Continuing to zoom out, consider some of the research conducted by CIA MK-Ultra researchers on psychedelics. For instance, Tom O’Neil’s groundbreaking book Chaos: Charles Manson, the CIA and the Secret History of the Sixties describes research performed by clinicians who were handling Charles Manson during “the Family’s” early formative years in the Haight Ashbury Free Medical Clinic days. These were times when the Family was involved in benign water-sharing rituals, harmless regular LSD use and the playful re-naming of their members, among other things. 

Having sifted through research journals associated with the clinicians directly handling Charles Manson and the Family, O’Neil describes how: 

One of these articles hoped to find out ‘whether a dramatic drug-induced experience’ would have a ‘lasting impact on the individual’s personality.’ Another observed that feelings of ‘frustrated anger’ led people to want to try LSD: ‘The soil from which the ‘flower children’ arise,’ the author wrote, ‘is filled more with anger and aggression, thorns and thistles, rather than passion and petunias.’ Under ‘emotional pressure,’ acid could induce ‘images and sensations of anger or hate magnified into nightmarish proportions. 

David Smith had studied these same phenomena, formulating an idea that he called ‘the psychedelic syndrome,’ first articulated in 1967 or early’68. 

The gist was that acid, when taken by groups of like-minded people, led to a ‘chronic LSD state’ that reinforced ‘the interpretation of psychedelic reality.’ The more often the same group of “friends” dropped acid, the more they encouraged one another to adopt the worldview they’d discovered together on LSD, thus producing ‘dramatic psychological changes. Usually the psychedelic syndrome was harmless, but regular LSD use could cause ‘the emergence of a dramatic orientation to mysticism.’ (O’Neil., 318-319.) 

Consider what The New Republic’s “Charle’s Mansons’s Science Fiction Roots” reports in terms of how the infamous “Family” was formed during its honeymoon period: 

Manson won them with a doctrine of communal bonding: They would be a family and share in all things, including love. Manson’s made-up religion was a cut-and-paste invention that borrowed from many sources. As The New York Times notes, Manson’s philosophy was “an idiosyncratic mix of Scientology, hippie anti-authoritarianism, Beatles lyrics, the Book of Revelation, and the writings of Hitler.” But the sci-fi component was pronounced. Stranger in a Strange Land provided the Manson family with its rituals (water-sharing ceremonies), terminology (“grokking”), and promise of transcendence (Manson’s followers hoped that, like the hero of Heinlein’s novel, they would gain mystical powers). The dream of mind triumphing over matter was also the sales pitch of Dianetics.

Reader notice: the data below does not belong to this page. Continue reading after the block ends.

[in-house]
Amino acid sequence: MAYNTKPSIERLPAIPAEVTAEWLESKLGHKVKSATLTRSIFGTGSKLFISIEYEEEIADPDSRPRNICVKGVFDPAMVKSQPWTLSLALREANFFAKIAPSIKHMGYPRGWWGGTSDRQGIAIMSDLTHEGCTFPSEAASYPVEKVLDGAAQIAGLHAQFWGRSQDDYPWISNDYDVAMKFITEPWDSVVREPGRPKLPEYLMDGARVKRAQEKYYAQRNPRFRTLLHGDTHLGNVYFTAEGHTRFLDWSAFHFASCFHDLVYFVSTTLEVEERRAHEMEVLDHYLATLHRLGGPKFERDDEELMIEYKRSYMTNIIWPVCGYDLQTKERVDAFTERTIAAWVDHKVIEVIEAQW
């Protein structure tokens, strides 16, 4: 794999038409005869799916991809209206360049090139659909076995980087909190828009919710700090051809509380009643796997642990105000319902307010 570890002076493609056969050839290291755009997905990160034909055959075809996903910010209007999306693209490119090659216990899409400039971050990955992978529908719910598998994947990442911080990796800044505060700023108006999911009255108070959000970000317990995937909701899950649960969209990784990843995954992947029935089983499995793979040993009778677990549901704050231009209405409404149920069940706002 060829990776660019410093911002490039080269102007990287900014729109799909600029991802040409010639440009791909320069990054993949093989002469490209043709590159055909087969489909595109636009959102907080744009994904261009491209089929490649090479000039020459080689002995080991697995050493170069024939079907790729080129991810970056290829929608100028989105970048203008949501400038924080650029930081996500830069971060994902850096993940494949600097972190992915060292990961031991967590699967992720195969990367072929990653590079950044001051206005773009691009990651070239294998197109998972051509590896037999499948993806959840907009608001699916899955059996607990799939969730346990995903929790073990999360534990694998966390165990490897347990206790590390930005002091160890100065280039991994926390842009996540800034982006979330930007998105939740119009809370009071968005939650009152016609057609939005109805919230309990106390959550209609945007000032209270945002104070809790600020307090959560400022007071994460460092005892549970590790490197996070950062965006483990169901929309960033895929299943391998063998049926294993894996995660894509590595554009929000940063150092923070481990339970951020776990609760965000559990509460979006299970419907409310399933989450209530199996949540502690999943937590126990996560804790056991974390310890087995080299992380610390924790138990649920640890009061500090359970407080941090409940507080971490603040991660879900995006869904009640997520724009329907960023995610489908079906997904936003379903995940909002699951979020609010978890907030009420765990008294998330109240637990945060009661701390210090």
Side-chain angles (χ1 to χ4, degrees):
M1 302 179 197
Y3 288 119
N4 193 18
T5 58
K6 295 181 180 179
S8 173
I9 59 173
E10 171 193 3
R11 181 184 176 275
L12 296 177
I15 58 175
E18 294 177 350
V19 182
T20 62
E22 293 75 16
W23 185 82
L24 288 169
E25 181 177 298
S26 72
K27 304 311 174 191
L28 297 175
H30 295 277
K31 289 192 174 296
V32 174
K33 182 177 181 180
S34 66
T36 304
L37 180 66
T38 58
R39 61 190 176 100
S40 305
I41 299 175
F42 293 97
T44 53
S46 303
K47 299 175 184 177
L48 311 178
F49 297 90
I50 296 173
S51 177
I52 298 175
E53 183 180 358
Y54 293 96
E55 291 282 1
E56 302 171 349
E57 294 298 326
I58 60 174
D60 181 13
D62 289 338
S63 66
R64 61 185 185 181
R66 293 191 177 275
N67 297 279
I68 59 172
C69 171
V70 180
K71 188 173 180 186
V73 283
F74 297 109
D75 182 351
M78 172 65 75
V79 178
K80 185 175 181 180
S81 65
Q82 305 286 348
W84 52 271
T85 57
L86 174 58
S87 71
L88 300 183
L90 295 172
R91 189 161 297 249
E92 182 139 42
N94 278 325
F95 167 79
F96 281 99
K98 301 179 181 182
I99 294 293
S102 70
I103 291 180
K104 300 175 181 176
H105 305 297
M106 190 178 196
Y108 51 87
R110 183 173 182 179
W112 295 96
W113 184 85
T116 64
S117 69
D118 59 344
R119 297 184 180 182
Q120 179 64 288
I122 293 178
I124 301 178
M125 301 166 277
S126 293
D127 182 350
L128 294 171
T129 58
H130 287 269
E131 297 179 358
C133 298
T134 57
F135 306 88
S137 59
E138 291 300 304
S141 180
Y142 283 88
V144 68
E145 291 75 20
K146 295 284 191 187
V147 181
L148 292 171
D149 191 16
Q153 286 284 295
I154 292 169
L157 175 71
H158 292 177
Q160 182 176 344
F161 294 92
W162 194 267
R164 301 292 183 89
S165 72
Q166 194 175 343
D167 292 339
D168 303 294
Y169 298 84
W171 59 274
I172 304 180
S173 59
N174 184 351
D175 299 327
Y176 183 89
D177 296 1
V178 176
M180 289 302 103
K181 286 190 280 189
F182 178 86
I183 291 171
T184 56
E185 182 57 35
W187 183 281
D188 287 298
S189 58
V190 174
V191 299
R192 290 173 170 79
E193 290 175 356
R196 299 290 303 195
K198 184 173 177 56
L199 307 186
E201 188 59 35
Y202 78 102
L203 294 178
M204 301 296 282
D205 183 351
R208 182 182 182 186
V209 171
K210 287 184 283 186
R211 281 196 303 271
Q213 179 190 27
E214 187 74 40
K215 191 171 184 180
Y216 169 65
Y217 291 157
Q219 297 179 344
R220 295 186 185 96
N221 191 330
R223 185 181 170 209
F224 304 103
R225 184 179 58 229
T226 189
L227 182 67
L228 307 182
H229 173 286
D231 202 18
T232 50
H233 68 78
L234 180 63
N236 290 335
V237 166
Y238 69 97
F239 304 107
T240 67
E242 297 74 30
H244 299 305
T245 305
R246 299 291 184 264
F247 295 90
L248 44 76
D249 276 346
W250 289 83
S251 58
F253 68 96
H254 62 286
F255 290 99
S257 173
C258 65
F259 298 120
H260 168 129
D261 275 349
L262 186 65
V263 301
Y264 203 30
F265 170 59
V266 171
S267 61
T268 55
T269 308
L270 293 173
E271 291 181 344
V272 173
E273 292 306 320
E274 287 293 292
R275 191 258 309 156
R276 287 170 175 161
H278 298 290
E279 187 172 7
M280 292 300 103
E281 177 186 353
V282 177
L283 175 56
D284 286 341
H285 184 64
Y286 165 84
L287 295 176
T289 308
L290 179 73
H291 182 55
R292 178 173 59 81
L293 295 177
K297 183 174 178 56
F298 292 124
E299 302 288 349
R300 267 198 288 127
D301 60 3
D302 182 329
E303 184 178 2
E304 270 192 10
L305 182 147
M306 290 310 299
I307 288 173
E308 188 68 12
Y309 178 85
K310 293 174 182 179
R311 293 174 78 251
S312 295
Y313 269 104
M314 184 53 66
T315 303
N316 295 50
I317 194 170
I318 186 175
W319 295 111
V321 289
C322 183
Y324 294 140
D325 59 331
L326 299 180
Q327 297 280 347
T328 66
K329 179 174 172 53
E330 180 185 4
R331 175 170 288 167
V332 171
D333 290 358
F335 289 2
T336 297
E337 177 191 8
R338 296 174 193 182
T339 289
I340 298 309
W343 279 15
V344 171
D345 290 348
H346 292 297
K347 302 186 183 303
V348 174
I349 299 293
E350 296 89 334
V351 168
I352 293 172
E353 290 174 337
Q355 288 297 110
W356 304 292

While the formative years of the flower children are usually eclipsed by their terrifying conclusions, the honeymoon period of the Family is where most of the “magic” and “transcendence” took place. Though it would take too long to elaborate in detail the many moving parts in the experiment that was the Manson family, which O’Neil in his Chaos describes, we can observe that, among other things, the formation of the Family demonstrated the various techniques, rituals and substances that could be used to essentially create artificial family systems. This included systems in which members were ready pledge their unwavering allegiance, and, if need be, die for the family (or kill on command). While much remains unknown about the Family and the many shady psychological and chemical experiments surrounding it from its inception, the higher one lifts the veil, and the further one zooms, considering the broader cultural changes in our Western society, strange questions start to arise.

For instance, are we the Family? 

Breaking Out of Illusions 

Analysis of the existential incompleteness within us that drives us to form relationships of dependency and addiction with plants and drugs will show that at the dawn of history we lost something precious, the absence of which has made us ill with narcissism. Only a recovery of the relationship that we evolved with nature through the use of psychoactive plants before the fall into history can offer us hope of a human and open-ended future. 
― Terrence McKenna 

The basis for many testimonies by people who describe their ecstatic experience of the “real thing,” encountered as a kind of psychedelic transcendence and states of altered consciousness, is hinged upon their feeling better than they did in the past and having let go of some significant kind of psychological pain or trauma, at least for some extended period. But is there perhaps a lack of rigor when it comes to the question of the long-term effects, specifically: what happens when the magic of psychedelic experience and dream wears off?  

If it does, is the answer simply to go back to the mystical mushroom or substance for more “transcendence,” or perhaps find a new psychedelic that holds the missing insights we’re after? At this point, we can observe in a non-judgmental fashion that people joined Scientology because they genuinely felt better after going through Scientology founder Ron L. Hubbard’s Dianetics training and auditing processes. Likewise, through seemingly benign water-sharing rituals, regular psychedelics use and communal “shared loved” (and Manson periodically reminding his members to “dissolve your ego”), the Family and its members felt quite at home and at peace with the world outside. Of course, whether in the case of Scientology or “the Family,” or most cults, what often appears as a dream turns out to be a nightmare.

But what about our own story of Western civilization and the many psychedelic journeys currently embarked on by its disenchanted generations? Have we played out those stories out until their conclusion?  

If so, what happens when we do? If not, what happens when we don’t

Escaping Paradise